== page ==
As COVID-19 progresses into the holiday season, there is an overwhelming urgency to support individuals, families and children throughout the community. The Salvation Army has served Trenton and surrounding areas for over 100 years, but this year due to circumstances beyond their control, the Salvation Army is unable to operate their annual Christmas Food Hampers program. Owner of Smylie’s Independent in Trenton John Smylie explained that the Christmas Food Hampers program is a great annual initiative that typically supports from 380-450 families in the community. This has posed a challenge for families seeking support during the holiday season in the Trenton community and surrounding areas. Thankfully, At the Crossroads Church didn’t skip a beat in finding a solution. At the Crossroads Church in downtown Trenton has stepped up this year and filled the gap in the community, undertaking the local Christmas Food Hampers operation. “Normally, the Salvation Army would have their kettles,” explained At the Crossroads Chruch program coordinator Allen Robinson. “So, this is part of our fundraising to support the Christmas Food Hampers. All the money stays local and goes towards supporting families in the community during Christmas time.” On Thursday, November 26th at Smylie’s Independent, At the Crossroads Church launched their fundraising operations and is inviting residents to support the Christmas Food Hampers campaign. “COVID-19 makes what we’re doing much more difficult, from our perspective, in order to keep everybody safe,” explained Smylie. “The Trenton Salvation Army left a gap in the community this year, and the At the Crossroads Church has stepped forward to provide this great program for our community.” John Smylie and Mayor Jim Harrison made the first official donations at Smylie’s Independent, and afterwards At the Crossroads Church then stopped by The Treasure Chest, a local consignment and thrift store in support of the Trenton Christan School Society, to collect a generous donation of $2575.11 for the Christmas Food Hampers. Christmas Food Hampers provide families in need with the requirements to make a Christmas dinner for four and are distributed on the Sunday before Christmas. At the Crossroads Church is encouraging residents to consider donating one of the donation boxes located at Smylie’s Independent and Metro in Trenton. Donation boxes will also be onsite at Freshco in Trenton all day on December 11th and 12th. Residents looking for more information on how to participate can visit atthecrossroads.ca/ministries/christmas-hampers or email firstname.lastname@example.org.Virginia Clinton, Local Journalism Initiative Reporter, The Intelligencer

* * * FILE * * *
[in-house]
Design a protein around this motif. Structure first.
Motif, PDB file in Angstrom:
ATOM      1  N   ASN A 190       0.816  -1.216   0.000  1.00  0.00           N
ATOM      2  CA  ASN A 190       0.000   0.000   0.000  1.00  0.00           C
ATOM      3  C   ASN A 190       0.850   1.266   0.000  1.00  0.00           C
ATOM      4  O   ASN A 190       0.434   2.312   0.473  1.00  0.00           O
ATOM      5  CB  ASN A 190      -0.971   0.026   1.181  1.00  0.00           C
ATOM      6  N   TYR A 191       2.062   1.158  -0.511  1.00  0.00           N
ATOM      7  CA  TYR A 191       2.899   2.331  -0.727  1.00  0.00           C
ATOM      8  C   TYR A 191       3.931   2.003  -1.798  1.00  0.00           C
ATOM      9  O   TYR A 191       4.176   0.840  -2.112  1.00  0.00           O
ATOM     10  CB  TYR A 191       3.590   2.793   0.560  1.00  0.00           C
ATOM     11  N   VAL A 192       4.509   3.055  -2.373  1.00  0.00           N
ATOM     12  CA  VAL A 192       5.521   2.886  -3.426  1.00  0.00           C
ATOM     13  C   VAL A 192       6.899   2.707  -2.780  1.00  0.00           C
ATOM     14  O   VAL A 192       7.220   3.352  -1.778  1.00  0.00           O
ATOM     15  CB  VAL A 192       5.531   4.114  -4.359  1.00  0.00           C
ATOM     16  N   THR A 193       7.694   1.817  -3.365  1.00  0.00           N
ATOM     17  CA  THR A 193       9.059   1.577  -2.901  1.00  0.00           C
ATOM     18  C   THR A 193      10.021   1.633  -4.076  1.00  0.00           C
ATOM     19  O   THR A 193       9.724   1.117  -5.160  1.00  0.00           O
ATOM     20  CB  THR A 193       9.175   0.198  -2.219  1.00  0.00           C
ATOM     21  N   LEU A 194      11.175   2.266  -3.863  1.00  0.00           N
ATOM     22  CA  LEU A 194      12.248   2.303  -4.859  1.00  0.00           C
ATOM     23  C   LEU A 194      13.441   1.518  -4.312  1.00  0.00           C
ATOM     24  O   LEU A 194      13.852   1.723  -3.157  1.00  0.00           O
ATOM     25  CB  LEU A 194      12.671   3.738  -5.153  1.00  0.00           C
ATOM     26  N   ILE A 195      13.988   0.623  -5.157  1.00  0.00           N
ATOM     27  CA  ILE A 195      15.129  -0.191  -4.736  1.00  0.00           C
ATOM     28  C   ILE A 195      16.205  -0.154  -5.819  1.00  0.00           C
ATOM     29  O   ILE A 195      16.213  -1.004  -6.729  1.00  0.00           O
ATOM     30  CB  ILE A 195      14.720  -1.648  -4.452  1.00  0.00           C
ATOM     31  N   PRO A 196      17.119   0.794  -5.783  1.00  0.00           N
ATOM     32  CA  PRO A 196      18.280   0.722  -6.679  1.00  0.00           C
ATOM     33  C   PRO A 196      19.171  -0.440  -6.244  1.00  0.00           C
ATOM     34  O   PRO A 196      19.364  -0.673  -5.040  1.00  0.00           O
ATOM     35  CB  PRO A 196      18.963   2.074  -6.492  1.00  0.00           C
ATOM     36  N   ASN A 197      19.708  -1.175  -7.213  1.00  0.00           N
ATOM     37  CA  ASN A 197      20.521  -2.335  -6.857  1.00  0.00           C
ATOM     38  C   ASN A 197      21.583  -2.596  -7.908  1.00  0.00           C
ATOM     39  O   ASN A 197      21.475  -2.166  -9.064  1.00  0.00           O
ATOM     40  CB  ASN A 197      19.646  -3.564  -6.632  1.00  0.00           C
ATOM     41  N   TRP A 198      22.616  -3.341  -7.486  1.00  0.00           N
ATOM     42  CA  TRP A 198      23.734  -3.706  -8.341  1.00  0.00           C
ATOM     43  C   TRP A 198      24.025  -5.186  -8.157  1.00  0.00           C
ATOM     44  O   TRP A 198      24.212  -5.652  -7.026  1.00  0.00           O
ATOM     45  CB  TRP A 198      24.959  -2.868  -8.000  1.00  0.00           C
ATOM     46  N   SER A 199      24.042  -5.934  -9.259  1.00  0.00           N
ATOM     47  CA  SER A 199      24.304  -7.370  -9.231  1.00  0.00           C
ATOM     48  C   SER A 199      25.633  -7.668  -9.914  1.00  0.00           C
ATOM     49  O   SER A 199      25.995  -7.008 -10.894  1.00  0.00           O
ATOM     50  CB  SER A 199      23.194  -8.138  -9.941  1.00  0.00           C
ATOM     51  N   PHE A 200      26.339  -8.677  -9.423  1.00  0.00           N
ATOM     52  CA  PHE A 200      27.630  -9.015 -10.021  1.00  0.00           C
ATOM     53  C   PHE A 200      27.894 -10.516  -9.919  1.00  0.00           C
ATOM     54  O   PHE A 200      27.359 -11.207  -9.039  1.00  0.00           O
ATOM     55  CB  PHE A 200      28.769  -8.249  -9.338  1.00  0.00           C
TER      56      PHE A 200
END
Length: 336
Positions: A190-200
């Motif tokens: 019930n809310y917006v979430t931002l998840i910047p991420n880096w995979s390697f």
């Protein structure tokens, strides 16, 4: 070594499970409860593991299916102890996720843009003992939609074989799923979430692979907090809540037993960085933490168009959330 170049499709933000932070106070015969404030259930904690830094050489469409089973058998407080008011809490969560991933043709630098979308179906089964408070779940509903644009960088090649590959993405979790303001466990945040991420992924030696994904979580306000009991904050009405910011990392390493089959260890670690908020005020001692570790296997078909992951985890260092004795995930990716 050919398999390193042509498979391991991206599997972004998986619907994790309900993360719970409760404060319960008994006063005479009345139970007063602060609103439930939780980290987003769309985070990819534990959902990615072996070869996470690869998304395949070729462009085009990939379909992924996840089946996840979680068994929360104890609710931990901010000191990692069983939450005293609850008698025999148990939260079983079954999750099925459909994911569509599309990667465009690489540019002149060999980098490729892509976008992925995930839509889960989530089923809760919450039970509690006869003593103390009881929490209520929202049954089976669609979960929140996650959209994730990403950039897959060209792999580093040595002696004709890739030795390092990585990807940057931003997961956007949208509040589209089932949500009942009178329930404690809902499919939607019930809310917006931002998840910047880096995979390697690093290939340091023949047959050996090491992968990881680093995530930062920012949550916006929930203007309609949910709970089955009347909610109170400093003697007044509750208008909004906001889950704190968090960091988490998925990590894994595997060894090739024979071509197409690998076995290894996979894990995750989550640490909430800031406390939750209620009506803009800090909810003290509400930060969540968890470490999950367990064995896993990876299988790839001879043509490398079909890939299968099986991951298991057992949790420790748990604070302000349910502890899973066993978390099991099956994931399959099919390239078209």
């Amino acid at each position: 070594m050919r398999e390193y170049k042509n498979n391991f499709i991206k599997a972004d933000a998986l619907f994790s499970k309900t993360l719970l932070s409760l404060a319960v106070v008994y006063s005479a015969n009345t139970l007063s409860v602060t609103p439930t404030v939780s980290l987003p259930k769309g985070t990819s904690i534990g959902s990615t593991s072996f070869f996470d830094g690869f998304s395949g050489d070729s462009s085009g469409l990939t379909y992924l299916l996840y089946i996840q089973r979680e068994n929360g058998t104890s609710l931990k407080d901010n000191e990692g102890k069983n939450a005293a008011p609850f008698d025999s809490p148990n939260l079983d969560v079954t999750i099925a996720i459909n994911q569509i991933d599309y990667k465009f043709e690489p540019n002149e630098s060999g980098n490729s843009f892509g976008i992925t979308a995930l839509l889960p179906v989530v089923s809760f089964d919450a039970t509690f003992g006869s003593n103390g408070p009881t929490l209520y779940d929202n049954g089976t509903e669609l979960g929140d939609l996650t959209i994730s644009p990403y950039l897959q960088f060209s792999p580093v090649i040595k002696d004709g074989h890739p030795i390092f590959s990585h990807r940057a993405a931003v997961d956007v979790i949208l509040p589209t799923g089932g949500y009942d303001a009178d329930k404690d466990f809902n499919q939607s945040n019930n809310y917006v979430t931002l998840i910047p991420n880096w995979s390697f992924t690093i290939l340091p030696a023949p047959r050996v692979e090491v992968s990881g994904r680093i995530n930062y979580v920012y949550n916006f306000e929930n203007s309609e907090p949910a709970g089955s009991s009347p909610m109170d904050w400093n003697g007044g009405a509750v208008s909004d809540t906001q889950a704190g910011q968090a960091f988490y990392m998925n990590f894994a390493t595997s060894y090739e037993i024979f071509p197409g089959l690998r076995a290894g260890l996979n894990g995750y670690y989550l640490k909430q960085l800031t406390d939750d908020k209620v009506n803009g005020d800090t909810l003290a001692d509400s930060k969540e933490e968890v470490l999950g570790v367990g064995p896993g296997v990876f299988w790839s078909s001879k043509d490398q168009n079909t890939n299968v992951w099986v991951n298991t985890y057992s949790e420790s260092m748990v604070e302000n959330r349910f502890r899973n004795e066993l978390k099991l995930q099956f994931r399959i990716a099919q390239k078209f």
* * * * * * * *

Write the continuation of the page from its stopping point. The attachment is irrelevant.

Le Témiscouata souhaite se présenter comme une destination de choix pour mener des études professionnelles, collégiales ou dans le cadre de la formation aux adultes. Afin d’attirer des étudiants et de les inciter à rester dans cette sous-région du Bas-Saint-Laurent, la campagne Espace Campus a été officiellement lancée, ce jeudi 26 novembre. Car même si le Témiscouata est une zone rurale dont la municipalité la plus peuplée, Témiscouata-sur-le-Lac, ne dépasse pas les 5000 habitants, il est possible d’y étudier. En effet, il existe depuis trois ans un centre d’études collégiales à Cabano, lequel donne quatre cours en présence (sciences humaines, tremplin DEC, techniques d’éducation spécialisée et soins infirmiers pour infirmière auxiliaire) et deux à distance (techniques juridiques et techniques de bureautique), pour un total de 57 élèves. Quant au Centre de formation professionnelle (CFP) du Fleuve-et-des-Lacs, il offre 13 options de formation, avec notamment plusieurs programmes en foresterie et en acériculture. Environ 200 étudiants y sont inscrits. « On veut consolider et développer les institutions d’enseignement postsecondaires professionnel et collégial et de formation aux adultes sur notre territoire, explique l’agente de développement Virginie Beauregard-Bouchard, de la SADC du Témiscouata. À plus long terme, on veut permettre aux entreprises de notre territoire d’avoir accès à un bassin de main-d’œuvre. » Le tout nouveau site web d’Espace Campus rassemble toutes les informations dont pourrait avoir besoin un étudiant qui veut aller vivre au Témiscouata, avec une mise en page qui facilite la navigation. On y retrouve notamment la description des programmes d’études, mais aussi toutes les activités sportives et culturelles qu’on peut faire dans la région en dehors de l’école. Un accompagnement de A à Z On explique aussi sur le site web toutes les étapes qu’un étudiant étranger doit suivre pour mener à bien son inscription, et comment obtenir des bourses ou aides financières. On y détaille même les ressources d’aide du Témiscouata et les emplois que l’on peut occuper pendant ses études ou à la suite de celles-ci. Une employée, Roxanne Morin, aura pour tâche de répondre aux questions des intéressés et de les aider dans leur cheminement. Par la suite, la campagne va se poursuivre sur les réseaux sociaux et par le biais de vidéos. Les commerçants témiscouatains vont également participer à l’attraction des étudiants : plusieurs offrent d’ores et déjà des rabais pour cette clientèle, et un autocollant dans leur vitrine permet de les identifier. Le directeur adjoint du CFP, Luc Soucy, entend « créer un sentiment d’appartenance » chez les nouveaux venus en organisant régulièrement des rassemblements lorsque ce sera à nouveau possible. En effet, la manière dont le CFP est organisé, avec des antennes à Dégelis, Cabano, Pohénégamook et même dans la MRC voisine des Basques, complique la tâche quand vient le temps de mettre en place une vie étudiante dynamique. Mais le Témiscouata a bien d’autres atouts : la proximité du personnel enseignant, un coût de la vie moins élevé qu’en ville, et une superbe nature. Du côté du Centre d’études collégiales, on se fixe un objectif modeste pour la première année d’Espace Campus : la directrice Édith St-Amand vise l’arrivée de quatre nouveaux étudiants attirés par ce biais. Parallèlement, les établissements d’enseignement vont poursuivre leurs missions à l’international (notamment en France) pour recruter des étudiants.Rémy Bourdillon, Initiative de journalisme local, Le Mouton Noir